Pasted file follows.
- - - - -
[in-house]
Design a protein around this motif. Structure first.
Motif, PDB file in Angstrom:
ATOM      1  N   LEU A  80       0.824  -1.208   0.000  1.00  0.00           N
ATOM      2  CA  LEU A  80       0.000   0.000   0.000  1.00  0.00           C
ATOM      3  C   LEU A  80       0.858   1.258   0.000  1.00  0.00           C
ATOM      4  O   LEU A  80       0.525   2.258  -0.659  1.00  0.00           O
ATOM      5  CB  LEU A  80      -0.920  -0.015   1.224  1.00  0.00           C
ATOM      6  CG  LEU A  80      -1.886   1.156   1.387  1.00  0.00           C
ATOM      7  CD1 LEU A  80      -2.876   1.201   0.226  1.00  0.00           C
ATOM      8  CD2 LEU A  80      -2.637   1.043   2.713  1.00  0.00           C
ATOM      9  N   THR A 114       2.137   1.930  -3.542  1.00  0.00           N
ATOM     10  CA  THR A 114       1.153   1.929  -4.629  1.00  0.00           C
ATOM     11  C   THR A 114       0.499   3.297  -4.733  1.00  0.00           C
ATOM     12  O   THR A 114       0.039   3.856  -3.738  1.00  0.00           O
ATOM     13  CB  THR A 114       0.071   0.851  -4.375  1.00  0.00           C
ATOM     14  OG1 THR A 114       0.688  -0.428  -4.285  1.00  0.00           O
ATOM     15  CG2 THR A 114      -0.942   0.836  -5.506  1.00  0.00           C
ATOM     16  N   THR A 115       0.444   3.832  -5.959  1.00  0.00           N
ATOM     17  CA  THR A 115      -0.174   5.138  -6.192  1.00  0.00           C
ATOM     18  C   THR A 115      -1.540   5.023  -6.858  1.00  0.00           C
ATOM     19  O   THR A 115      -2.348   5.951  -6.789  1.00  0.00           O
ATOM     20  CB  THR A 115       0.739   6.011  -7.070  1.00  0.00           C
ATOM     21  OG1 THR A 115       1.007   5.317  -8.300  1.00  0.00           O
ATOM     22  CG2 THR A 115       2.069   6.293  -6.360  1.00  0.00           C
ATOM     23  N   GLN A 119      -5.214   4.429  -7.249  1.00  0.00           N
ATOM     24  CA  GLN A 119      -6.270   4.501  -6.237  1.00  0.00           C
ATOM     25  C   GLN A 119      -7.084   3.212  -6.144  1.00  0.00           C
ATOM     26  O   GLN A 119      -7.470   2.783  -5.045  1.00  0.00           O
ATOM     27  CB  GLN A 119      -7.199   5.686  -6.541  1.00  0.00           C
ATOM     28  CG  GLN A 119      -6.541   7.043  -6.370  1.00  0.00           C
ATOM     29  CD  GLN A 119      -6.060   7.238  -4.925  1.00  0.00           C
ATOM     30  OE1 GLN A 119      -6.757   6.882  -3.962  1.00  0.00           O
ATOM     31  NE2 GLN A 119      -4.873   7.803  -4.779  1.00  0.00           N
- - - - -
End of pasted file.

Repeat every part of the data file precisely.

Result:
[in-house]
Design a protein around this motif. Structure first.
Motif, PDB file in Angstrom:
ATOM      1  N   LEU A  80       0.824  -1.208   0.000  1.00  0.00           N
ATOM      2  CA  LEU A  80       0.000   0.000   0.000  1.00  0.00           C
ATOM      3  C   LEU A  80       0.858   1.258   0.000  1.00  0.00           C
ATOM      4  O   LEU A  80       0.525   2.258  -0.659  1.00  0.00           O
ATOM      5  CB  LEU A  80      -0.920  -0.015   1.224  1.00  0.00           C
ATOM      6  CG  LEU A  80      -1.886   1.156   1.387  1.00  0.00           C
ATOM      7  CD1 LEU A  80      -2.876   1.201   0.226  1.00  0.00           C
ATOM      8  CD2 LEU A  80      -2.637   1.043   2.713  1.00  0.00           C
ATOM      9  N   THR A 114       2.137   1.930  -3.542  1.00  0.00           N
ATOM     10  CA  THR A 114       1.153   1.929  -4.629  1.00  0.00           C
ATOM     11  C   THR A 114       0.499   3.297  -4.733  1.00  0.00           C
ATOM     12  O   THR A 114       0.039   3.856  -3.738  1.00  0.00           O
ATOM     13  CB  THR A 114       0.071   0.851  -4.375  1.00  0.00           C
ATOM     14  OG1 THR A 114       0.688  -0.428  -4.285  1.00  0.00           O
ATOM     15  CG2 THR A 114      -0.942   0.836  -5.506  1.00  0.00           C
ATOM     16  N   THR A 115       0.444   3.832  -5.959  1.00  0.00           N
ATOM     17  CA  THR A 115      -0.174   5.138  -6.192  1.00  0.00           C
ATOM     18  C   THR A 115      -1.540   5.023  -6.858  1.00  0.00           C
ATOM     19  O   THR A 115      -2.348   5.951  -6.789  1.00  0.00           O
ATOM     20  CB  THR A 115       0.739   6.011  -7.070  1.00  0.00           C
ATOM     21  OG1 THR A 115       1.007   5.317  -8.300  1.00  0.00           O
ATOM     22  CG2 THR A 115       2.069   6.293  -6.360  1.00  0.00           C
ATOM     23  N   GLN A 119      -5.214   4.429  -7.249  1.00  0.00           N
ATOM     24  CA  GLN A 119      -6.270   4.501  -6.237  1.00  0.00           C
ATOM     25  C   GLN A 119      -7.084   3.212  -6.144  1.00  0.00           C
ATOM     26  O   GLN A 119      -7.470   2.783  -5.045  1.00  0.00           O
ATOM     27  CB  GLN A 119      -7.199   5.686  -6.541  1.00  0.00           C
ATOM     28  CG  GLN A 119      -6.541   7.043  -6.370  1.00  0.00           C
ATOM     29  CD  GLN A 119      -6.060   7.238  -4.925  1.00  0.00           C
ATOM     30  OE1 GLN A 119      -6.757   6.882  -3.962  1.00  0.00           O
ATOM     31  NE2 GLN A 119      -4.873   7.803  -4.779  1.00  0.00           N